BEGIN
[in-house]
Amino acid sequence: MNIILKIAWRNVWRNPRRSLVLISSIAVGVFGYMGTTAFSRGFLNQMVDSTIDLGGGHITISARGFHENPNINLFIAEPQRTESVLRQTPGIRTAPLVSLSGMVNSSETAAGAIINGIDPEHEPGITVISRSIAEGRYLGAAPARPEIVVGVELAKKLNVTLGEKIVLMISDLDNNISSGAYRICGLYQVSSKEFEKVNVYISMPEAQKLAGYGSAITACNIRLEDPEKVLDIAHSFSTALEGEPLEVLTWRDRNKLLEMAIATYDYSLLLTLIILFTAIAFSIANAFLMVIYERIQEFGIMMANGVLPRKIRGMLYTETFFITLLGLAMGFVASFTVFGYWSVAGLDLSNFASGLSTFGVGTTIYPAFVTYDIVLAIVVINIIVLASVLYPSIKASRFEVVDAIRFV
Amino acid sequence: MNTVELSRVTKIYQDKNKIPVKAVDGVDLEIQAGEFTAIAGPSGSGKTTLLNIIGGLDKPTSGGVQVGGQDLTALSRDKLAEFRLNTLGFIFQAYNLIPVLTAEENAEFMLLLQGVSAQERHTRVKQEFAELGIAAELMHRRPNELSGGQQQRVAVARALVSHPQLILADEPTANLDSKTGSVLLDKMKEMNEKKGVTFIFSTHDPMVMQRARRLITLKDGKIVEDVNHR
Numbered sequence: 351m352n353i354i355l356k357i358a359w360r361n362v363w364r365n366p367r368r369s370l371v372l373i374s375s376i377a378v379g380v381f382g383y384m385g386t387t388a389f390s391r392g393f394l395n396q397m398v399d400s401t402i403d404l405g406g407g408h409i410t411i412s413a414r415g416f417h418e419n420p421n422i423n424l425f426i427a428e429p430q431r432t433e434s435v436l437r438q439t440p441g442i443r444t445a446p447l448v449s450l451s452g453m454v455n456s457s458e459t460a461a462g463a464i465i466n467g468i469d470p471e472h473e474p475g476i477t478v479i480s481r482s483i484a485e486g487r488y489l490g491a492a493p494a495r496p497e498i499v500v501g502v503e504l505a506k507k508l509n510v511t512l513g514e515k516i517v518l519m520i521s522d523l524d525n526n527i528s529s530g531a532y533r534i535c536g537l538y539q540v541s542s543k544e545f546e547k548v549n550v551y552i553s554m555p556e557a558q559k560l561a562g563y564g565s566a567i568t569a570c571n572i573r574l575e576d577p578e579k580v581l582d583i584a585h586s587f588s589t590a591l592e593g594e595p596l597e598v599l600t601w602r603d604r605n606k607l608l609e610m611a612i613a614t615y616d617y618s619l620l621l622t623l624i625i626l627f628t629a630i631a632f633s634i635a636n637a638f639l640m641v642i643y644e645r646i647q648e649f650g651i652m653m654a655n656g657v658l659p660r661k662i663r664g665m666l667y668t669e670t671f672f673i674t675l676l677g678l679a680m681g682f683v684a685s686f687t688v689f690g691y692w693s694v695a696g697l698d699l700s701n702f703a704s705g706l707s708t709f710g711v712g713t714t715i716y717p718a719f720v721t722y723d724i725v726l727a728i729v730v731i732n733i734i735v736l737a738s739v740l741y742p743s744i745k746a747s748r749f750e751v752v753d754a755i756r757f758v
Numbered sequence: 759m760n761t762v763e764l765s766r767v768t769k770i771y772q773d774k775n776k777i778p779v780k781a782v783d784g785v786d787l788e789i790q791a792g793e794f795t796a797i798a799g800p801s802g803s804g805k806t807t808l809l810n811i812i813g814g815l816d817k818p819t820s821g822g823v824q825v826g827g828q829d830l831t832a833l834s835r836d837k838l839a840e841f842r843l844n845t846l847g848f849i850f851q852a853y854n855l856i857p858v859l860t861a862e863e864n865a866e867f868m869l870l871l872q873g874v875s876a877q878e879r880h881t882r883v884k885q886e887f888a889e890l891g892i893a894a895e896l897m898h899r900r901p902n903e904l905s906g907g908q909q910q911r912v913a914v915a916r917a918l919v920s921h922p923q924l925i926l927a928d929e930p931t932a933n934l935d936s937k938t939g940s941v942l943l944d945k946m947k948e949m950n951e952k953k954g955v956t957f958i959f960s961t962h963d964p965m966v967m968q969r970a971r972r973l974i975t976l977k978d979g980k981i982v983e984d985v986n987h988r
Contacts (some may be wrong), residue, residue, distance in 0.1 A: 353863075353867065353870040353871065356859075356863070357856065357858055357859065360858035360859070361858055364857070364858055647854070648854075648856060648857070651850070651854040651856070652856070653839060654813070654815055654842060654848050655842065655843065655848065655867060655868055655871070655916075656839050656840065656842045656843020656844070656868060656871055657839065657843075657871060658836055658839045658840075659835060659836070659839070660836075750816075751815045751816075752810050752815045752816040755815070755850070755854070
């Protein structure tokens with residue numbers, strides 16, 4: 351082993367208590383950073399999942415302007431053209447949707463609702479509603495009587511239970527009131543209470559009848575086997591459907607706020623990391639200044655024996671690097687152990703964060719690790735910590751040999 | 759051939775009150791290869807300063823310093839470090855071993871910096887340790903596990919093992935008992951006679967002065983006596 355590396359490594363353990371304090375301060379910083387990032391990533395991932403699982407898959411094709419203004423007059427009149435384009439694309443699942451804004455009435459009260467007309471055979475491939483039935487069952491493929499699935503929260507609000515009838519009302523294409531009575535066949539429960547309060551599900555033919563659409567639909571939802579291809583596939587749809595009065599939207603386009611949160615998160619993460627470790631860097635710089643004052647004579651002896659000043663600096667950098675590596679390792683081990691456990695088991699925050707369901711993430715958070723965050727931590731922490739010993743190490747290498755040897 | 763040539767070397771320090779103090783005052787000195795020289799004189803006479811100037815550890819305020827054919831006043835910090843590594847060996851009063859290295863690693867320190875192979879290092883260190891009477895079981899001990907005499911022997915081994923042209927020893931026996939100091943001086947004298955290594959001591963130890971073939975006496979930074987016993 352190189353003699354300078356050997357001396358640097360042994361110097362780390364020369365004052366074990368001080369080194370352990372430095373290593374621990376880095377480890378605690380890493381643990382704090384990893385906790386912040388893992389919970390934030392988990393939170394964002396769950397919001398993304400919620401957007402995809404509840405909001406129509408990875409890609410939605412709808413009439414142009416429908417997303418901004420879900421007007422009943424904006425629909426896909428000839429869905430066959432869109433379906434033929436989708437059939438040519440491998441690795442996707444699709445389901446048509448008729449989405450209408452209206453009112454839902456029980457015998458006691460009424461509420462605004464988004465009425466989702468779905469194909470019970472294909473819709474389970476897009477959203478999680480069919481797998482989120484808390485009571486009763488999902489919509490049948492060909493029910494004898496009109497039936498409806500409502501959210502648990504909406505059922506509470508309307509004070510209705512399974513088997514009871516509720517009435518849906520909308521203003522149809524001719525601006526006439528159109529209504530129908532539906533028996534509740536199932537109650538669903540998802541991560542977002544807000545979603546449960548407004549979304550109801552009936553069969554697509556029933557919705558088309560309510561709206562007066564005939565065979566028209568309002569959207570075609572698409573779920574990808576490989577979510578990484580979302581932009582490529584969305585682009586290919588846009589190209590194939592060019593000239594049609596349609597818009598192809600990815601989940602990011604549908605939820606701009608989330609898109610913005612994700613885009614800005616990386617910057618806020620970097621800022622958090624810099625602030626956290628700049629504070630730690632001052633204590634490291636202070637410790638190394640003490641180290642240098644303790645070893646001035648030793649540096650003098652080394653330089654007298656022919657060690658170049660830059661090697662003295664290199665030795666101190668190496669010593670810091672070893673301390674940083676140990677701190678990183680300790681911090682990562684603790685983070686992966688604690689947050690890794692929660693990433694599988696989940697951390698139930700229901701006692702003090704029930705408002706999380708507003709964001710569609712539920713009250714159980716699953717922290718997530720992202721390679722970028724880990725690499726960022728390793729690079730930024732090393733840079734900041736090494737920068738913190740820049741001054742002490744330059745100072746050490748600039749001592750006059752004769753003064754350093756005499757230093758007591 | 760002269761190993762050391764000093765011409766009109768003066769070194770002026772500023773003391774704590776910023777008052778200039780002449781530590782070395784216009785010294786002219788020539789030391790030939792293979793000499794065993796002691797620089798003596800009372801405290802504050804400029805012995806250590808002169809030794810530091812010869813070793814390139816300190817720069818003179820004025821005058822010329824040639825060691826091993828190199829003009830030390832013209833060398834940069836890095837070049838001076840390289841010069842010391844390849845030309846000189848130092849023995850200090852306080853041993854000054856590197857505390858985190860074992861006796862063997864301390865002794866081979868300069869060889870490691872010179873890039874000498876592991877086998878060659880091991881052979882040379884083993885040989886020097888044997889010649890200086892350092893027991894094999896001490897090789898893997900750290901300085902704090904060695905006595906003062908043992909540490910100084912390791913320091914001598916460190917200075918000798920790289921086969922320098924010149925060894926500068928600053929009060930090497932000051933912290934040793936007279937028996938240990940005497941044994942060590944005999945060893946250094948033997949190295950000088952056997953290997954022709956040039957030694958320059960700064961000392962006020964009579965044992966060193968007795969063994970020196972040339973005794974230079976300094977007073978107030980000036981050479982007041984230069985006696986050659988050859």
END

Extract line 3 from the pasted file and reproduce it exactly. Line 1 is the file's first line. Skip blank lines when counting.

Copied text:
Amino acid sequence: MNTVELSRVTKIYQDKNKIPVKAVDGVDLEIQAGEFTAIAGPSGSGKTTLLNIIGGLDKPTSGGVQVGGQDLTALSRDKLAEFRLNTLGFIFQAYNLIPVLTAEENAEFMLLLQGVSAQERHTRVKQEFAELGIAAELMHRRPNELSGGQQQRVAVARALVSHPQLILADEPTANLDSKTGSVLLDKMKEMNEKKGVTFIFSTHDPMVMQRARRLITLKDGKIVEDVNHR